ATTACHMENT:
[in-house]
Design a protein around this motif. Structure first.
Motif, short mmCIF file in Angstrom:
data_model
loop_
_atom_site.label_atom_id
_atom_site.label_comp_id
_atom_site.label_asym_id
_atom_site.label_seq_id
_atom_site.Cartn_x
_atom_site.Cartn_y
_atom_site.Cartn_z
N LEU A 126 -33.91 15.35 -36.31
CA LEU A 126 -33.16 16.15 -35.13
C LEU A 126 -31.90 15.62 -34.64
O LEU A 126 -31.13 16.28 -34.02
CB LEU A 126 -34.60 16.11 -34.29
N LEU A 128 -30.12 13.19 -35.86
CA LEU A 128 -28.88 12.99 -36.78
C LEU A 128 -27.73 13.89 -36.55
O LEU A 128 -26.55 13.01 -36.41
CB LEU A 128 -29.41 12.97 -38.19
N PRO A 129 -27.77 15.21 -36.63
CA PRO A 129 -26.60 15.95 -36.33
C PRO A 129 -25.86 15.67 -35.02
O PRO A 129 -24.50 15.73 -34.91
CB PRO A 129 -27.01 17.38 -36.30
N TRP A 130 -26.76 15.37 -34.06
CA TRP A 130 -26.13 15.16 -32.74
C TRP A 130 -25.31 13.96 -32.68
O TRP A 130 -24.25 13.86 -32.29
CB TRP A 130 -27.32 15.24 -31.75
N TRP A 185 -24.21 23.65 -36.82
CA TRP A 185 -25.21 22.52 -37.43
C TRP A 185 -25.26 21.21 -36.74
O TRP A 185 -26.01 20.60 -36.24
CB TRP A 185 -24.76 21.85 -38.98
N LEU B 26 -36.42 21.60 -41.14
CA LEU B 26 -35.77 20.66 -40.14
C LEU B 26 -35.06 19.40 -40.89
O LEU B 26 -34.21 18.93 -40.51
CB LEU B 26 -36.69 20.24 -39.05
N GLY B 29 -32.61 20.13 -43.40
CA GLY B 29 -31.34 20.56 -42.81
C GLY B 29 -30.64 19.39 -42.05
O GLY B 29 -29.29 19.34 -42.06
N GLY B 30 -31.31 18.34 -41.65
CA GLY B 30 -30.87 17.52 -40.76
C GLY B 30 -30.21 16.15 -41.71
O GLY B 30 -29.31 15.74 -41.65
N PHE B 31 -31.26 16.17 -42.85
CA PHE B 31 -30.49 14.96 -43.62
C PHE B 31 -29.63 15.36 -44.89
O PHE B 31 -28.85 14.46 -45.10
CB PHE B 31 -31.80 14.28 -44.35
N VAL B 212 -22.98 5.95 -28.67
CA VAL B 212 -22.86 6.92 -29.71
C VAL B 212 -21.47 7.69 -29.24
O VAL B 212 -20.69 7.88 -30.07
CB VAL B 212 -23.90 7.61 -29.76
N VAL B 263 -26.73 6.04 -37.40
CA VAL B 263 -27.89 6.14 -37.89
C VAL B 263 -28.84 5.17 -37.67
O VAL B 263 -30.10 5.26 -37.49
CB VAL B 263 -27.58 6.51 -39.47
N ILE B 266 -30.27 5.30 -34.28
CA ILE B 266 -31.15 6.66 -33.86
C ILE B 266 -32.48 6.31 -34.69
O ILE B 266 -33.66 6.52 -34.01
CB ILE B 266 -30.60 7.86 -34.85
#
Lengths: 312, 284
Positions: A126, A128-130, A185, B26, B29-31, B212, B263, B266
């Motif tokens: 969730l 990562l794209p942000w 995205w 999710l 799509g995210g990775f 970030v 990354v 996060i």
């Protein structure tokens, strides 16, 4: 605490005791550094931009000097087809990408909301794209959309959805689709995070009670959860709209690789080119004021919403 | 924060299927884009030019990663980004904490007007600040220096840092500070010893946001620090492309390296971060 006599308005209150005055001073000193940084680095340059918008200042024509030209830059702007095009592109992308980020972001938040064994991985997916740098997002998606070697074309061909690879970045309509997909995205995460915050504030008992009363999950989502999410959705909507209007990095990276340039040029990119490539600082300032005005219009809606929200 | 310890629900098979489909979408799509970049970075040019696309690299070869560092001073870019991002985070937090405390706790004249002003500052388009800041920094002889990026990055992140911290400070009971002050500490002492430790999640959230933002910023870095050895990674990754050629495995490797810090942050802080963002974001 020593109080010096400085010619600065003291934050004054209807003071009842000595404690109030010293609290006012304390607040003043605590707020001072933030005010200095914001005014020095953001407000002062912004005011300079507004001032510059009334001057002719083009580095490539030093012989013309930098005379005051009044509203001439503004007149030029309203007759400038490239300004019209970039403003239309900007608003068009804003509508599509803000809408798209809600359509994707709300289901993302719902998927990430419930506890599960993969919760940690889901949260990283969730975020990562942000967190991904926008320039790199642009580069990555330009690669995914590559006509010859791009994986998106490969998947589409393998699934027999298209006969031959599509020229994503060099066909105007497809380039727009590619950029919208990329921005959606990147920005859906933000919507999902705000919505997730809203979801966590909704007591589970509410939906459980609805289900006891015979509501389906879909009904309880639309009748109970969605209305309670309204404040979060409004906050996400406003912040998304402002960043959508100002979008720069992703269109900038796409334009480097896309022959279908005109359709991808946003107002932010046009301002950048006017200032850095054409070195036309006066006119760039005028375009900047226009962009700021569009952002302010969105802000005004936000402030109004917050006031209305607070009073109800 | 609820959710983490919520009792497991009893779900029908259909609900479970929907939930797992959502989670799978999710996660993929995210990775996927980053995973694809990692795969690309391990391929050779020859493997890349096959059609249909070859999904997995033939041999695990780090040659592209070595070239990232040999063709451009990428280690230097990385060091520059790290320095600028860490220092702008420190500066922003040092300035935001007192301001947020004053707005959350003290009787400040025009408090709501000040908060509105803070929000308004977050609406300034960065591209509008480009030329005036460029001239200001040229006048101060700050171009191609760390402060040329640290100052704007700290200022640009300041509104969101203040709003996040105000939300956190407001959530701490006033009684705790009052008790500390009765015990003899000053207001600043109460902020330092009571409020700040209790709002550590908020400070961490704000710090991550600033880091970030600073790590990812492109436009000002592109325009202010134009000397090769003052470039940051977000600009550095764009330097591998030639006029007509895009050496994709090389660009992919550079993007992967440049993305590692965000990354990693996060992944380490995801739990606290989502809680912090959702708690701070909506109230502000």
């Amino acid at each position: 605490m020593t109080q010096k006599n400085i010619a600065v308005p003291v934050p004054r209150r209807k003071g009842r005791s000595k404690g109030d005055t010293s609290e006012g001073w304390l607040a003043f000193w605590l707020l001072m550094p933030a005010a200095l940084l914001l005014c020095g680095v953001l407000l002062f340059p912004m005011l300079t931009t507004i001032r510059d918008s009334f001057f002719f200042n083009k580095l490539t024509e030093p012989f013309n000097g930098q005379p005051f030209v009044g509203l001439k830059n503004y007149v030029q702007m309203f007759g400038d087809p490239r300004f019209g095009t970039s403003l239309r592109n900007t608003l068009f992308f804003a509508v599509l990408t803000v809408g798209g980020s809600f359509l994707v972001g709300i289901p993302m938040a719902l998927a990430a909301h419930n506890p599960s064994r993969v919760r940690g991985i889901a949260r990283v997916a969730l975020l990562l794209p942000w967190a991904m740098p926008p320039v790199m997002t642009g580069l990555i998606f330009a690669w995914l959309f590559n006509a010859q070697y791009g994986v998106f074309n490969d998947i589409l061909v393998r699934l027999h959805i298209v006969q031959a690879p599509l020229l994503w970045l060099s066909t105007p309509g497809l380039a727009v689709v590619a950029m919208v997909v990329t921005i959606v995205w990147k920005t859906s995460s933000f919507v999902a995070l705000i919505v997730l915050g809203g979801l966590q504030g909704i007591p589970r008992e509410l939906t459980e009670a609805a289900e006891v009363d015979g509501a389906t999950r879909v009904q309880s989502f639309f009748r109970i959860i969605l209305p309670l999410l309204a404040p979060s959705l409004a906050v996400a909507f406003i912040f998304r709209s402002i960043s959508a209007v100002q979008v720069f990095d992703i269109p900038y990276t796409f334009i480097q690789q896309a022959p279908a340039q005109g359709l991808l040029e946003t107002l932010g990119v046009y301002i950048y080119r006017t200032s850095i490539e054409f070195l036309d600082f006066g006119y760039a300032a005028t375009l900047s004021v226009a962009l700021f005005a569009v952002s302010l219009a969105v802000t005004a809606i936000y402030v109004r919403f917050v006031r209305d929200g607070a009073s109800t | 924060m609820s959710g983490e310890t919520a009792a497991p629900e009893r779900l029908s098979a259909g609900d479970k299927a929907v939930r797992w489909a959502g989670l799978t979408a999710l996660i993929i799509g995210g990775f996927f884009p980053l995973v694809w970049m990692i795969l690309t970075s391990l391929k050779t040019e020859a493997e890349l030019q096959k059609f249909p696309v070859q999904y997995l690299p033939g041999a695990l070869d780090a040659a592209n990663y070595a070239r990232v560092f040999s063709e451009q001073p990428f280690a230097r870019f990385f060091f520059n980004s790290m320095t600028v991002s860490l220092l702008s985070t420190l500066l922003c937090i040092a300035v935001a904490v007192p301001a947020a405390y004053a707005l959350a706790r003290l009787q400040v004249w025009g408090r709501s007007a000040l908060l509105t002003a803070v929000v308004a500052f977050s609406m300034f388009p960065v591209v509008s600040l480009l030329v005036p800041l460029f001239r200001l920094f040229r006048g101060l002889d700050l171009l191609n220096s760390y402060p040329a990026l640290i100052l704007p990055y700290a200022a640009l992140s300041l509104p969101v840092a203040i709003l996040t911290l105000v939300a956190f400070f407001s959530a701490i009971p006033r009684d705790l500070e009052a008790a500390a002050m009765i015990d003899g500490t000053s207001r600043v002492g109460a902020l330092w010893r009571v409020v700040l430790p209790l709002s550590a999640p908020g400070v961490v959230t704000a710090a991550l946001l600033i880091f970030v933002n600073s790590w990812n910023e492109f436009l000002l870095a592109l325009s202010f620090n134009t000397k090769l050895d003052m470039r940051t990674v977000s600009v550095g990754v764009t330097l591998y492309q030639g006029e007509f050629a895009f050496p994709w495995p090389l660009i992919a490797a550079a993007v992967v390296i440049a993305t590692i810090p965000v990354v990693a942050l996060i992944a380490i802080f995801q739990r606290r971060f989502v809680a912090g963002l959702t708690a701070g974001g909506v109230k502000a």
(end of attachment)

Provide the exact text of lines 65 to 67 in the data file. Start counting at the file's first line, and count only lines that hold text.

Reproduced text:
CB VAL B 263 -27.58 6.51 -39.47
N ILE B 266 -30.27 5.30 -34.28
CA ILE B 266 -31.15 6.66 -33.86